Where can I get help in the United States?

Organizations in the United States can help you figure out if you are eligible to make a claim at the US-Canada border. Viva, Inc. (Viva la casa) is the largest immigration shelter in the US and provides assistance to refugees who are crossing into Canada. It is located in Buffalo, New York

See also the Immigration, Refugees and Citizenship Canada (IRCC) and the Canadian Border Services Agency (CBSA) website on the Safe Third Country Agreement (STCA).

Designated Countries of Origin (DCOs)

Under the refugee law system, some countries are listed as Designated Countries of Origin (DCOs). If you are from one of these countries, you can still make a refugee claim, but your claim will be treated differently. The timelines for making your claim will be much faster.

How does being from one of the Designated Countries of Origin (DCOs) affect my hearing date?

You will not have as much time before for your hearing if you are from a DCO. The date of your hearing depends on how you started your claim:
  • if you are making a claim when you arrive in Canada, your hearing will be within 45 days of your claim being sent to the Immigration and Refugee Board (IRB)
  • if you are making a claim from inside Canada, your hearing will be within 30 days of your Basis of Claim form being sent to the IRB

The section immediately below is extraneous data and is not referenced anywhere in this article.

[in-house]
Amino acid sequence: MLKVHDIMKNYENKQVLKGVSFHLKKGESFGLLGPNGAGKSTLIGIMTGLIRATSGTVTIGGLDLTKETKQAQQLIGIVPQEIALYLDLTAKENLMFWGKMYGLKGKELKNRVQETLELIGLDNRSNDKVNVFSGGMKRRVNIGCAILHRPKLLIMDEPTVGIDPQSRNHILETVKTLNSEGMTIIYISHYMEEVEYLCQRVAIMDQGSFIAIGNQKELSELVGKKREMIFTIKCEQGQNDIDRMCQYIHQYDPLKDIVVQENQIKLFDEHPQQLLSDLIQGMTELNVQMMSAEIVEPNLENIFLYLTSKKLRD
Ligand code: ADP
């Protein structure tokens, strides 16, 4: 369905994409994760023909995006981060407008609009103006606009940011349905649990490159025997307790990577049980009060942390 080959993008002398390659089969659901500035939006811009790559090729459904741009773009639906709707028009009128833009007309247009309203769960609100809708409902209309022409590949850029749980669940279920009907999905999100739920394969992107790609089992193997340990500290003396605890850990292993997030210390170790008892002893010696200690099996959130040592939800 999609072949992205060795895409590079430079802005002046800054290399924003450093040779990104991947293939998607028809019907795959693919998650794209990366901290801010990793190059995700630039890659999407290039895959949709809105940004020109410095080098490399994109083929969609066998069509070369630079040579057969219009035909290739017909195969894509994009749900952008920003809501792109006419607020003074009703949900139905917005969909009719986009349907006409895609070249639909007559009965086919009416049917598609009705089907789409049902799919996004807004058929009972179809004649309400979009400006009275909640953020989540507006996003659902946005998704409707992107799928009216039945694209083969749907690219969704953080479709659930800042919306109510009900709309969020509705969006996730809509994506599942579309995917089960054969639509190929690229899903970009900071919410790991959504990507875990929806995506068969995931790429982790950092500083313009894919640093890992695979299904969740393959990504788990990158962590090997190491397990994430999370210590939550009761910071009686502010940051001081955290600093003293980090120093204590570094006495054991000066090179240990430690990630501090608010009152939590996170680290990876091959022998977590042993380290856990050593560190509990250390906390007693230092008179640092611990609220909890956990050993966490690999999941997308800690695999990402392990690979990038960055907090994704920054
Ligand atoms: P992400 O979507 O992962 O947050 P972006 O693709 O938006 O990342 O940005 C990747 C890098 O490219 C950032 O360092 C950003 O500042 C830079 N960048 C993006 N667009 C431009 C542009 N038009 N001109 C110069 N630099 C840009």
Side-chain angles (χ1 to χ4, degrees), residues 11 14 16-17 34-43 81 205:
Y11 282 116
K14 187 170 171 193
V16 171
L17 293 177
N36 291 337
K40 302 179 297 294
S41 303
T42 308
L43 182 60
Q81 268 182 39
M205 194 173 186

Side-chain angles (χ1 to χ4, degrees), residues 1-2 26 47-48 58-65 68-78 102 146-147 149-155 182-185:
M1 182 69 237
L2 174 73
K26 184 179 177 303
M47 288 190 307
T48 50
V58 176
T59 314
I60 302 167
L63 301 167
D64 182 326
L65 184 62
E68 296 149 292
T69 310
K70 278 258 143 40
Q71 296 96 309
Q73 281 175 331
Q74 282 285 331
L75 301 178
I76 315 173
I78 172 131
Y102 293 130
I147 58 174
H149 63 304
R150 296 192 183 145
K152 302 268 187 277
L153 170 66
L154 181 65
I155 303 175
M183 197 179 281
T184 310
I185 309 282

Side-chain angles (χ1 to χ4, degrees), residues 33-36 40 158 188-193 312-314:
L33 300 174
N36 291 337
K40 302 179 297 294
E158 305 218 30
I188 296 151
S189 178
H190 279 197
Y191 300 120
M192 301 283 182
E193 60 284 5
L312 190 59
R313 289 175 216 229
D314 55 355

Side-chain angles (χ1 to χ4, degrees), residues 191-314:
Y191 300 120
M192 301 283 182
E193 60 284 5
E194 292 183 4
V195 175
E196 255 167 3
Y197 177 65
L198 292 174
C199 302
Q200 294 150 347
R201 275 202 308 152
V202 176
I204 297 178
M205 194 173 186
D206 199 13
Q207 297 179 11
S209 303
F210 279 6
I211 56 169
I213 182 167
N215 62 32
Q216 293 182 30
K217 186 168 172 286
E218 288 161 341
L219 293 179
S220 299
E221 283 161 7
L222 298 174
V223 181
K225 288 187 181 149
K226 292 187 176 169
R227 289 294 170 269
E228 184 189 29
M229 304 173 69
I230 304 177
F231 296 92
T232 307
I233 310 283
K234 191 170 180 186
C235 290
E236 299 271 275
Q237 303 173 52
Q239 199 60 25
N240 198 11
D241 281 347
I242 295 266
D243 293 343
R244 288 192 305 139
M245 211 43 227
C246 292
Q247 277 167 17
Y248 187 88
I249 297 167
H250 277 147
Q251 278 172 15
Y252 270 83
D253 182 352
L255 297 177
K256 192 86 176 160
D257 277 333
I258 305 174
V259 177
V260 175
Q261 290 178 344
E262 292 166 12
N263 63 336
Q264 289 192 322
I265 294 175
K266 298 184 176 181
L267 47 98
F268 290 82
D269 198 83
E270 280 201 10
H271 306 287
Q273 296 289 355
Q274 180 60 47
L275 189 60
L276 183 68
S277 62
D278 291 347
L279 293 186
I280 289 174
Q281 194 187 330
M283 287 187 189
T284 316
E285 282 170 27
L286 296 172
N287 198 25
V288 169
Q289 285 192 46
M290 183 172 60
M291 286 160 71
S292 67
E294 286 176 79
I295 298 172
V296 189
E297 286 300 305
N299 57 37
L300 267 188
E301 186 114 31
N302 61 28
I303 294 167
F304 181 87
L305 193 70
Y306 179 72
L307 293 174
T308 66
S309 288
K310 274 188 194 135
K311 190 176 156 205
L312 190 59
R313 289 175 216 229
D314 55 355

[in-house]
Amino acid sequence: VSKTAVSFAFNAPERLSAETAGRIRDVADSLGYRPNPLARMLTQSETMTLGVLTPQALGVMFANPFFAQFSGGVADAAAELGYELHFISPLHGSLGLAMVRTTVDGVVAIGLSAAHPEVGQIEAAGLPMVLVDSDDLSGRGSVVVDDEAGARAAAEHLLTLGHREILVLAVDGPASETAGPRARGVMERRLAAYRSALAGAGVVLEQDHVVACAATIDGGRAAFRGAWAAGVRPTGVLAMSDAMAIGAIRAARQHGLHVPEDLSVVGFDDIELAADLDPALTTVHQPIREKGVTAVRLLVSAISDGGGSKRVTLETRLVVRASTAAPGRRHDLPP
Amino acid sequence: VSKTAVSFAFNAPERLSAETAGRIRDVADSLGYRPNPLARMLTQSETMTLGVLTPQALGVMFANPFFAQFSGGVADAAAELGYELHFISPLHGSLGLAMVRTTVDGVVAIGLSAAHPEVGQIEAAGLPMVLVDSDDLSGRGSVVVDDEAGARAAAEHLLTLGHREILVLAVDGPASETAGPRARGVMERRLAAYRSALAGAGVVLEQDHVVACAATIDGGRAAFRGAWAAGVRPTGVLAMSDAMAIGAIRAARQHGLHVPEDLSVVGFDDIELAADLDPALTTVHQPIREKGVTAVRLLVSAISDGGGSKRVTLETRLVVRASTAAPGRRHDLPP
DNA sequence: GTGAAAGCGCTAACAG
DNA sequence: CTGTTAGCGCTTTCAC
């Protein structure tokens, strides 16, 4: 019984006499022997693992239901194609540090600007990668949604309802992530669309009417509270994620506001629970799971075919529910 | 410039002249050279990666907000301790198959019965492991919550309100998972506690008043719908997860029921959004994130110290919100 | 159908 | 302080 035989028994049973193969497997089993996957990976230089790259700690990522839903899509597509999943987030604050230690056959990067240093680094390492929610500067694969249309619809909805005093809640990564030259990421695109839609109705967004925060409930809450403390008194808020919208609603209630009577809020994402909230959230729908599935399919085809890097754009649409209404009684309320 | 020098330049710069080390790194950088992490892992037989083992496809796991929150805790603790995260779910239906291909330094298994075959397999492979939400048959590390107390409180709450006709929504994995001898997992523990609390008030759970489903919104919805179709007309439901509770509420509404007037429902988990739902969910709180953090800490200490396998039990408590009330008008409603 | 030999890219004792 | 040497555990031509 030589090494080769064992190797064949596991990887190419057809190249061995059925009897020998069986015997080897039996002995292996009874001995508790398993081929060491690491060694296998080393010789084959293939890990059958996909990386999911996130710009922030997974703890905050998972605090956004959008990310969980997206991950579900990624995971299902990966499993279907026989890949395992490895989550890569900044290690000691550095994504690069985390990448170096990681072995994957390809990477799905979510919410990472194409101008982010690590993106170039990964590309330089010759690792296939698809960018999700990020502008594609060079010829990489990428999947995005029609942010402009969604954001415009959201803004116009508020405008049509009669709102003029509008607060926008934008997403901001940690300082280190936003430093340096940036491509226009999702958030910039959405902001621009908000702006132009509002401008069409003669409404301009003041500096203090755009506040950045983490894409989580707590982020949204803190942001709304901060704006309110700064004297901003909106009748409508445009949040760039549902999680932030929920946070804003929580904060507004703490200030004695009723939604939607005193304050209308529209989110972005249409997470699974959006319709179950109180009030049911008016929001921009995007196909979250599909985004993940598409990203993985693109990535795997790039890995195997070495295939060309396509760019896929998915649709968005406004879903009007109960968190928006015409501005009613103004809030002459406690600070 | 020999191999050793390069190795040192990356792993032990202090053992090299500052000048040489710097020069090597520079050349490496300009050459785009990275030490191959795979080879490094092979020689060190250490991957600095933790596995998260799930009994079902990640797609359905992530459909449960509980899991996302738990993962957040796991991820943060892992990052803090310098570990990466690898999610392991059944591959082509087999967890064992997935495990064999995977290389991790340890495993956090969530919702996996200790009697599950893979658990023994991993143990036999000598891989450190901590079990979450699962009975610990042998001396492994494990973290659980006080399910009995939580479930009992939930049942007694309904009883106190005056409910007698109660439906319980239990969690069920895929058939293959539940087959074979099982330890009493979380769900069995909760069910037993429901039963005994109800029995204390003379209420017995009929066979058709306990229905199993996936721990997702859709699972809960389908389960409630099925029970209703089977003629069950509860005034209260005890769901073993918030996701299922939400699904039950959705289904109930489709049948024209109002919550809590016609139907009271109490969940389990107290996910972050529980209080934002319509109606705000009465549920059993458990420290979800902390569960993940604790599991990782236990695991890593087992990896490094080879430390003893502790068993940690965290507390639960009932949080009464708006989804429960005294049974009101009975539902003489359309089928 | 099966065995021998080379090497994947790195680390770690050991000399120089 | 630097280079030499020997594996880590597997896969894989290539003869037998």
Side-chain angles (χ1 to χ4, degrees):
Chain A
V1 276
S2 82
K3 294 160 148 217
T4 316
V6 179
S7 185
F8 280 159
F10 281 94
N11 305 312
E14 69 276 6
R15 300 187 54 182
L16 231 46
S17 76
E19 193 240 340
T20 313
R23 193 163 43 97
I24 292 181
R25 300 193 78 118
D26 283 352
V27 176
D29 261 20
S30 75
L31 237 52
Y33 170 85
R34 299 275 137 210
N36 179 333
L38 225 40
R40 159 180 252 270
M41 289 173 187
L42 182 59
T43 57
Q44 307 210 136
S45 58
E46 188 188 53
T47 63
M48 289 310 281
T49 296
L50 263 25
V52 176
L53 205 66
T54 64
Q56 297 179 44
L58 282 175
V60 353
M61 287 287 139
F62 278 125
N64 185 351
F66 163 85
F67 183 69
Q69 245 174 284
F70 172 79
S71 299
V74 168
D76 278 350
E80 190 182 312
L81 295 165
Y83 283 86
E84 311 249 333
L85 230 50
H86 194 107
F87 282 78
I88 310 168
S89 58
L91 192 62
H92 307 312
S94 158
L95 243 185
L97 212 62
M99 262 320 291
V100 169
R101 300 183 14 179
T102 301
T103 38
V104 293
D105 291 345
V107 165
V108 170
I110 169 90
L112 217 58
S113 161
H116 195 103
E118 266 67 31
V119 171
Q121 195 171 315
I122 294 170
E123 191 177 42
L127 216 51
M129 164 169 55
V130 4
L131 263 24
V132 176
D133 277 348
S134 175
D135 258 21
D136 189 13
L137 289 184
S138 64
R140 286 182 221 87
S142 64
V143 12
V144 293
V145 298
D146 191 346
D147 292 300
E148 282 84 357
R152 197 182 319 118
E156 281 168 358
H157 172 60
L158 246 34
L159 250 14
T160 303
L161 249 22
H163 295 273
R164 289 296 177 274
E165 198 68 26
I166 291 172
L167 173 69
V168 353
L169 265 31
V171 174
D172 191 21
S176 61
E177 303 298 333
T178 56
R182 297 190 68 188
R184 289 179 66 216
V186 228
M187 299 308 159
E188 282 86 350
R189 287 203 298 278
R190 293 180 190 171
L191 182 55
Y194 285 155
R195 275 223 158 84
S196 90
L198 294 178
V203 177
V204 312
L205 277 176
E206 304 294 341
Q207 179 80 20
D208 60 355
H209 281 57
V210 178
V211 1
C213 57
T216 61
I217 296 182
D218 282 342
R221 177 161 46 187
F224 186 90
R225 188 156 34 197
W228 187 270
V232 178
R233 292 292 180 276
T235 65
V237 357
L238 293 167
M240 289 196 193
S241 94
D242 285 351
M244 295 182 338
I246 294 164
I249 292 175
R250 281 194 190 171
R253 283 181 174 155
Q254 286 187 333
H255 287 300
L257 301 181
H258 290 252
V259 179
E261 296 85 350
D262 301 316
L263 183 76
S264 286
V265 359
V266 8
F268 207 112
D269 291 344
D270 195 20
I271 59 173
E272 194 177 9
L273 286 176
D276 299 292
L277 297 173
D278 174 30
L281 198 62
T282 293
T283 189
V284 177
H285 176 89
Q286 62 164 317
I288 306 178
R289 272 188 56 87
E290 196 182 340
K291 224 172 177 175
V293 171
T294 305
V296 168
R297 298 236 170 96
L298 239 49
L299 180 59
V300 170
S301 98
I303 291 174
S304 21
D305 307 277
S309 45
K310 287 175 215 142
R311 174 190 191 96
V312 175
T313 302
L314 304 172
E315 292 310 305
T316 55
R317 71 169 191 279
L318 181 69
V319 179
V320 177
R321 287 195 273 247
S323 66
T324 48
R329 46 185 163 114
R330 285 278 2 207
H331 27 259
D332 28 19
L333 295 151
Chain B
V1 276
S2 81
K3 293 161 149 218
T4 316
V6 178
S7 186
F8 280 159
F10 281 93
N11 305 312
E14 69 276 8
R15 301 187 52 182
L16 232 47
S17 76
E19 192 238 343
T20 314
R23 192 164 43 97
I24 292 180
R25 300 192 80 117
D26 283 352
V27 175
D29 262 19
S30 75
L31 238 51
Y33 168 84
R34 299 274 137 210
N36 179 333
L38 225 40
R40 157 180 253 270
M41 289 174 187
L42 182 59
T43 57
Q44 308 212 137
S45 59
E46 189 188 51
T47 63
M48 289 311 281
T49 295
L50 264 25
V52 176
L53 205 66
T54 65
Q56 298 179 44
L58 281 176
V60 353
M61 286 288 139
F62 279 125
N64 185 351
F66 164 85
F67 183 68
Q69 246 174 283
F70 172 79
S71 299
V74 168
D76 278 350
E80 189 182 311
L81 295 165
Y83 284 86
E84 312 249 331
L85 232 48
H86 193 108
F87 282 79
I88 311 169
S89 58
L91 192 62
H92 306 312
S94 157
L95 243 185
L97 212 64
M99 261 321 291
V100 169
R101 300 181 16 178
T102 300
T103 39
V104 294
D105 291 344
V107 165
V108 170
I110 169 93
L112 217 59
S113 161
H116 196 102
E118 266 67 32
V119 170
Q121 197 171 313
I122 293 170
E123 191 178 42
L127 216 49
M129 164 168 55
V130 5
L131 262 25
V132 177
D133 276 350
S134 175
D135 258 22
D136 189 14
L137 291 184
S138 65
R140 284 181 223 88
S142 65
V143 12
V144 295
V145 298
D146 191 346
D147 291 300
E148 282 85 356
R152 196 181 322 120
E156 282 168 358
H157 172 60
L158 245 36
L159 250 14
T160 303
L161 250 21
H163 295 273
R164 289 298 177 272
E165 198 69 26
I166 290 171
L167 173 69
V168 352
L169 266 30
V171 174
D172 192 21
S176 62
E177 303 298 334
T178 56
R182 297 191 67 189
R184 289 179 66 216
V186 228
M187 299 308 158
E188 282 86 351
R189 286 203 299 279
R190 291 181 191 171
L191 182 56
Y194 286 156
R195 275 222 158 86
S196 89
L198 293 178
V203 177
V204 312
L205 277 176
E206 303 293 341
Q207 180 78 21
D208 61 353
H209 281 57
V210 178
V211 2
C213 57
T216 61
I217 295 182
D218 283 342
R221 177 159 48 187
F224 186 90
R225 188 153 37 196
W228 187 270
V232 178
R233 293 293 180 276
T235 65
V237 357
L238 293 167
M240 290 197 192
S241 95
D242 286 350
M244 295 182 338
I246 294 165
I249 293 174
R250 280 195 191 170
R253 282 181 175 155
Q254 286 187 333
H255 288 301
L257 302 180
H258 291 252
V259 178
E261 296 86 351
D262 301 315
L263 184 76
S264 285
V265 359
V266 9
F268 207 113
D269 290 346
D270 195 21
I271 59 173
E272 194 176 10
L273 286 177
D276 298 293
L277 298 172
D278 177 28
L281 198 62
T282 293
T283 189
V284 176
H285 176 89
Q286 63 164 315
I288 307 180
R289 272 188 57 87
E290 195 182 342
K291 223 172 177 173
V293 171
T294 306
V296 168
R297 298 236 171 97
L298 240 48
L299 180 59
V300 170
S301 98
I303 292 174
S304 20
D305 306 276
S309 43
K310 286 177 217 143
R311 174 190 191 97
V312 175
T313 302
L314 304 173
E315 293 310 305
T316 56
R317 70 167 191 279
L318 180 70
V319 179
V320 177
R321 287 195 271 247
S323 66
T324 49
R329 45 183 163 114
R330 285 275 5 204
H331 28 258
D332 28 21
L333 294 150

The exact date of your hearing is on your “Notice to appear for a hearing.” You will also have to work faster to get your documents to support your claim, since these are due 10 days before your hearing.

As of July 2015, refugee claimants from DCO countries whose claims are refused have access to the Refugee Appeal Division (RAD) as a result of a successful constitutional challenge brought to the Federal Court.

What happens if I lose my claim?

If you are in Canada and have had either a refugee claim or a permanent resident application refused, there may still be options for you.

Canada does not want to send people back to a country where they will be in danger or would face the risk of persecution. It is not guaranteed, however, that an applicant will be found eligible under any of these processes.

Find out if you can use any of these options to stay in Canada:

Pre-removal risk assessment

If you are told to leave Canada, you may be able to apply under this process if a year has passed since your refugee claim was refused (3 years must have passed if you are from a DCO country). If you meet this timeline, you will be given a PRRA form that has to be filed within 15 days. You then have 15 more days to new evidence of the risk you would face if returned to your country.

Apply to the Refugee Appeal Division at the Immigration and Refugee Board of Canada

If you received a negative decision on your refugee claim, you may be able to appeal to the Refugee Appeal Division (RAD) at the Immigration and Refugee Board of Canada. But some failed claimants are not eligible to apply. Find out more about the RAD.

Apply to the Federal Court of Canada for judicial review